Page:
A blood test created at the Gastrointestinal Cancer Research Lab at Baylor may be able to detect colon cancer before it develops.
The blood-based test examines the levels of a single microRNA, a small RNA molecule that can be identified in a wide variety of bodily fluids, including blood.
Test results of the study, published in the latest issue of the Journal of the National Cancer Institute, show that the blood test can fairly accurately detect cancer-related microRNA in the blood before a tumor develops in the colon.
In this seminal study the investigators studied several hundred patients with colorectal polyps and cancers and reported that measuring levels of miR-21 in the blood can accurately identify up to 92 percent of patients with colorectal cancer.
It can also accurately identify up to 82 percent of patients with advanced colonic polyps, which present the highest risk for developing into colorectal cancers several years later in life.
“No one out there is doing anything like this,” said Ajay Goel, director of Epigenetics and Cancer Prevention at Baylor Research Institute.
This development is important because of the high mortality rates linked to colorectal cancer that are often a consequence of late detection, Goel said. If detected early this cancer can usually be treated, but often it isn’t found until it is in late stages.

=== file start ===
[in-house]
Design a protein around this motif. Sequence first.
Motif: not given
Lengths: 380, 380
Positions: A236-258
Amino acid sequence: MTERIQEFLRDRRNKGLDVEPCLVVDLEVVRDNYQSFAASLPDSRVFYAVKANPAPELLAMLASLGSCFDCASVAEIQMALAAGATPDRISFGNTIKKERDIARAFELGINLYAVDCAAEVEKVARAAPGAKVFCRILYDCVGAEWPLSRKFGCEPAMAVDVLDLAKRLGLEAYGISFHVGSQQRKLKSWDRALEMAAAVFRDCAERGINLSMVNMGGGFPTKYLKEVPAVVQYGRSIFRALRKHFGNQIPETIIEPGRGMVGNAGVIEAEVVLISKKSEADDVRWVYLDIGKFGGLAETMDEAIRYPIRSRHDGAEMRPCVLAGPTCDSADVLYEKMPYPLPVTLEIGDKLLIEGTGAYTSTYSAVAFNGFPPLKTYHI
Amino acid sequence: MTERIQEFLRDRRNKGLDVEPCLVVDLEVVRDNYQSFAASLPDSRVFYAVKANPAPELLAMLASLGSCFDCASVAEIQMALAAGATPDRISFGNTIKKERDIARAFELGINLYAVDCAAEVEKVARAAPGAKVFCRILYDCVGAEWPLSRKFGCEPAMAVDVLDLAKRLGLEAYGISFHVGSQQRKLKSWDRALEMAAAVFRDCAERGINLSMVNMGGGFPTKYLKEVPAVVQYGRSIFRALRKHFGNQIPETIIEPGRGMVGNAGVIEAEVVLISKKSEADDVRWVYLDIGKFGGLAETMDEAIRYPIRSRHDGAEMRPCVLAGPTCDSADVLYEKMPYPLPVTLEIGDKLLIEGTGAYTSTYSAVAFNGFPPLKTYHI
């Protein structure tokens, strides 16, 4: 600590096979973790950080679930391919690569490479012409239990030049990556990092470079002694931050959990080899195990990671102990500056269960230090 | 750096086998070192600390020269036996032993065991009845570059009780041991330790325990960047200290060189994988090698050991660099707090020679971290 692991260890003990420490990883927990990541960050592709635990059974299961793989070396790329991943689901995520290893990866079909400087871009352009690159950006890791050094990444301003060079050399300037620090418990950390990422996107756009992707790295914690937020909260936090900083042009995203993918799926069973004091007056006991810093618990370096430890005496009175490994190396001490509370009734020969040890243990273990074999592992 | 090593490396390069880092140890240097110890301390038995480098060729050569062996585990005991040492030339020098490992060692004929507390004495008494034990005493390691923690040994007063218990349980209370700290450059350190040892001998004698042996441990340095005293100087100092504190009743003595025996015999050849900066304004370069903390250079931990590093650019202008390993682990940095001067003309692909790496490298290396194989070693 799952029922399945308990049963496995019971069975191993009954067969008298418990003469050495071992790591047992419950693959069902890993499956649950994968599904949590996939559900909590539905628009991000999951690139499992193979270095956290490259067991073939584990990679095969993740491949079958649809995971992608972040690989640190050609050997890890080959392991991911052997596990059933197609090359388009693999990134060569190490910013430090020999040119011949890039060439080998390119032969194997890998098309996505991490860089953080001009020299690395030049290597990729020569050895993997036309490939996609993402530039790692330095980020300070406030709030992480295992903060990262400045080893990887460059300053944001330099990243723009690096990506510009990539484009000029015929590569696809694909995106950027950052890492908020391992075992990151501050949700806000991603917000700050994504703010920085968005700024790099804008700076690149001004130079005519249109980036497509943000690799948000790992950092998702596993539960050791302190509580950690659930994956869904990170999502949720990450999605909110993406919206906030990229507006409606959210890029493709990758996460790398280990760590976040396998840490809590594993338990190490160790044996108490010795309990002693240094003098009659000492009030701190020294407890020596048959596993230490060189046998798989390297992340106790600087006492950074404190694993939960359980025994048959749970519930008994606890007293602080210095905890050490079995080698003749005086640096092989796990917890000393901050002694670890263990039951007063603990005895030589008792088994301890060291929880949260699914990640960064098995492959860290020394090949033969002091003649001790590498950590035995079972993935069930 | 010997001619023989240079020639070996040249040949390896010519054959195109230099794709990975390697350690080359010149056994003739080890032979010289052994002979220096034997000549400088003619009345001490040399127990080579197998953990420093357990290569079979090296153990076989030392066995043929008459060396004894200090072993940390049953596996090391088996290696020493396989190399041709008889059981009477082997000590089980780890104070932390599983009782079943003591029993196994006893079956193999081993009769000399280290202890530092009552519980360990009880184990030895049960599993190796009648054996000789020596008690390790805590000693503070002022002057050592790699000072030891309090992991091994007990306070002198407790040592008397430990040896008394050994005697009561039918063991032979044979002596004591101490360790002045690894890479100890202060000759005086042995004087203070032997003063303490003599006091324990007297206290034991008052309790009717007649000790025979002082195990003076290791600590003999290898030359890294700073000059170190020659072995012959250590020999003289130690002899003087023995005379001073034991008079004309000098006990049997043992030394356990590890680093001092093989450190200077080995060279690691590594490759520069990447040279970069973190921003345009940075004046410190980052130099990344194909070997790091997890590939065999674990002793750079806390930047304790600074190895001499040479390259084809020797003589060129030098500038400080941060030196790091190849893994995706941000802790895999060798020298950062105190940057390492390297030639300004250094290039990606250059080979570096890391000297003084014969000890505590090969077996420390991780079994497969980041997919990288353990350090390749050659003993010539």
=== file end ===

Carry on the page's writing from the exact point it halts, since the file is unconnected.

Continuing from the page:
Currently, colorectal cancer can be hard to detect early on because patients are only recommended to have a colonoscopy once every five years after the age of 50. Sometimes, Goel said, this means cancer can develop in between testing, and sometimes patients don’t bother to be tested until there is a problem and cancer has already developed.
He continued to say that patients would be more likely to have a blood test done, and the procedure would also be much more cost effective for both the patient and healthcare system.
There is more testing that needs to be done before the blood-based test is used on the general public, but Goel said he is hopeful for consistent results.